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A new method for detecting malicious traffic over the Tor network

Tor is a unique overlay network that was developed to provide anonymous online communications for TCP based applications. The Tor network is currently serving hundreds of thousands of users, helping them to conceal their identity while surfing the internet. Even though the Tor network is currently mainly used to bypass internet censorship in countries governed by oppressive regimes, the anonymity it offers also provides access to hidden services, such as darknet marketplaces, which facilitate trading of illicit drugs, pedophilia, counterfeit documents, and much more. This network that promotes users’ privacy also harbors a whole new side of online violence, allowing various forms of botnets to go under cover, distribute spam, and undergo distributed denial of service attacks (DDoS), among other forms of cybercriminal activities.

A recently published paper proposed a new technique and method for the detection and classification of malicious traffic in order to protect users against potential threats and to develop techniques to trace various forms of malicious code being transmitted over the Tor network. The study aimed at designing and implementing a solution to the rapidly growing problem of malicious traffic over Tor, proposing forensic methods and techniques that can protect the network against malicious traffic, while also preserving the anonymity and privacy of non-malicious traffic.

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Proposed method for detection of malicious Tor traffic:

The method used in this research relied on a group of Tor servers. The researchers processed the network traffic and matched the source as well as the destination of each connection to the list of Tor servers. The detection method was implemented on top of Bro, which is a passive traffic analyzer that examines all traffic in order to detect any signs of malicious activity.

To detect if the connection is destined to Tor network, the researchers checked if the connection was established via a host from their predefined list of network servers, therefore they checked the source IP address through the is_local_addr function, which would return true if an address matches one of the defined local networks, or false if not. Thereafter, they checked if the destination IP address is present in t_tor_server table, which includes all publically published IP addresses of Tor servers. When a match is found, the connection is established to TOR network, but, before an alert can be raised, the researchers have to check if the source IP address does not exist in the t_suppress_tor_alert table, whose main purpose is to suppress the alerts to one alert about the same IP address (same Tor client) per day.

An alert email is then sent about Tor connection detection to RT (Request Tracker) where the network security team can undergo additional forensics and react to it. This detection method is one of other detection methods used in advanced persistent threat (APT) attack life cycle. The output of this detection method will be matched with the outputs of other detection methods to raise an alert on APT attack detection and identify malicious forms of traffic.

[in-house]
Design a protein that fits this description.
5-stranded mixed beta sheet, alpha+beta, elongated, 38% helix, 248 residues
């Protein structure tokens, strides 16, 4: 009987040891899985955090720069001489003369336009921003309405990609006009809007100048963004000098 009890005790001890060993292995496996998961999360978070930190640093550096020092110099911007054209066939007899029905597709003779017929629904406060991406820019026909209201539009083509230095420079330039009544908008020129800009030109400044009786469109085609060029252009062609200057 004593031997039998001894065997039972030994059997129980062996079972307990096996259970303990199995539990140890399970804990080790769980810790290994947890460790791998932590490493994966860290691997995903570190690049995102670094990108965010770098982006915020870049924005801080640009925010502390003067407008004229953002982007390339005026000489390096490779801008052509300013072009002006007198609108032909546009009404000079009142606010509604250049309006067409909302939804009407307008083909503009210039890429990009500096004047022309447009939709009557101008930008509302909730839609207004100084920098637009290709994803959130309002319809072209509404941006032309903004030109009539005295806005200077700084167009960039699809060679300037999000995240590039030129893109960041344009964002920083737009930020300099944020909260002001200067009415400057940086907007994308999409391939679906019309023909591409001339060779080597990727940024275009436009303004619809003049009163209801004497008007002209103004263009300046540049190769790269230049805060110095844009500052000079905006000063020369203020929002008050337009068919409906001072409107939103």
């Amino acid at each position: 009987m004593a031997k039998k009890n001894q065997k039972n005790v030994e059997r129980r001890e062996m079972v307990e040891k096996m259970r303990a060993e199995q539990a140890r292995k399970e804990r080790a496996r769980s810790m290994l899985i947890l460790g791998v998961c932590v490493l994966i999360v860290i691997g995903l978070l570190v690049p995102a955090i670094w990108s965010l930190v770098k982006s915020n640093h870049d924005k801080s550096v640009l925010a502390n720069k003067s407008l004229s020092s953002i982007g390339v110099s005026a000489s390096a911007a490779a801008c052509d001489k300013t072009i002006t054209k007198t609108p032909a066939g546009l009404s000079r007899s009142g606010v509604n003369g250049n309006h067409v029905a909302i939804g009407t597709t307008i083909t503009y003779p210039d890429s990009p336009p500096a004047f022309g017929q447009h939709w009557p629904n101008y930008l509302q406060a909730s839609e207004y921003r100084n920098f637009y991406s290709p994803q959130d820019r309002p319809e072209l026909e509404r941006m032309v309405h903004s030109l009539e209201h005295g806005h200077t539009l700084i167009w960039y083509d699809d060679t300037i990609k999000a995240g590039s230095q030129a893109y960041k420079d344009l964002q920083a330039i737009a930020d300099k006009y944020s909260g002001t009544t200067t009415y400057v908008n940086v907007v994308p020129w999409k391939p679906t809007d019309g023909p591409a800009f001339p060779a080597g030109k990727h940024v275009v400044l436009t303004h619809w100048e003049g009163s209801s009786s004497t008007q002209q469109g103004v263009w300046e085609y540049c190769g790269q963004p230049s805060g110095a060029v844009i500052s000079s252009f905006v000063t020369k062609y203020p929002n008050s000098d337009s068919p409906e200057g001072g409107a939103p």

Results of the proposed method:

The researchers used their proposed method to monitor the campus real-time traffic for Tor connections. A log file for detected Tor connections was set up. Also, the researchers set up a server to host their detection method and passively analyze the campus live traffic. The analysis set up was used to monitor Tor traffic for one whole month. The list of hosts communicating via Tor were correlated with the results obtained via the domain flux detection method. This set up detected 24 hosts using Tor and 31 hosts using domain flux. Of those, 13 hosts were identified to use Tor as well as domain flux, which means that they were infected with malware. The researchers also applied their proposed methodology on packet capture (pcap) files which include real and long-lived forms of malware traffic, and they managed to prove that the methodology is effective in identifying malware activities over the Tor network.

Final thoughts:

The research presented a methodology for identifying malware traffic transmitted over the Tor network. The proposed methodology, which relies on a list of Tor servers, has proven to be effective in identifying malicious traffic in a campus live traffic network setting. The researchers suggested correlating the output of their proposed detection method with the outputs of other detection methods in future research in order to raise an alert for APT attack detection.

One comment

  1. Its eventually going to get to the point were Tor servers are not published . This has already started to happed ; TorStats announced they were shutting down there site at the start of the new year I think . Tails already has anti-tracking software built into the Tor browser and Firewall for trackers .

    Almost all these exploits they are claiming simply wont work for anything but Windows clients . Timing attacks are already being talked about in the Tor community and will be patched if need be . All you need is a node to delay the relay signal for
    random X number of ms to mitigate all these attacks they are talking about .

    That being said . All these attacks are done on a small control network and not in the wild .

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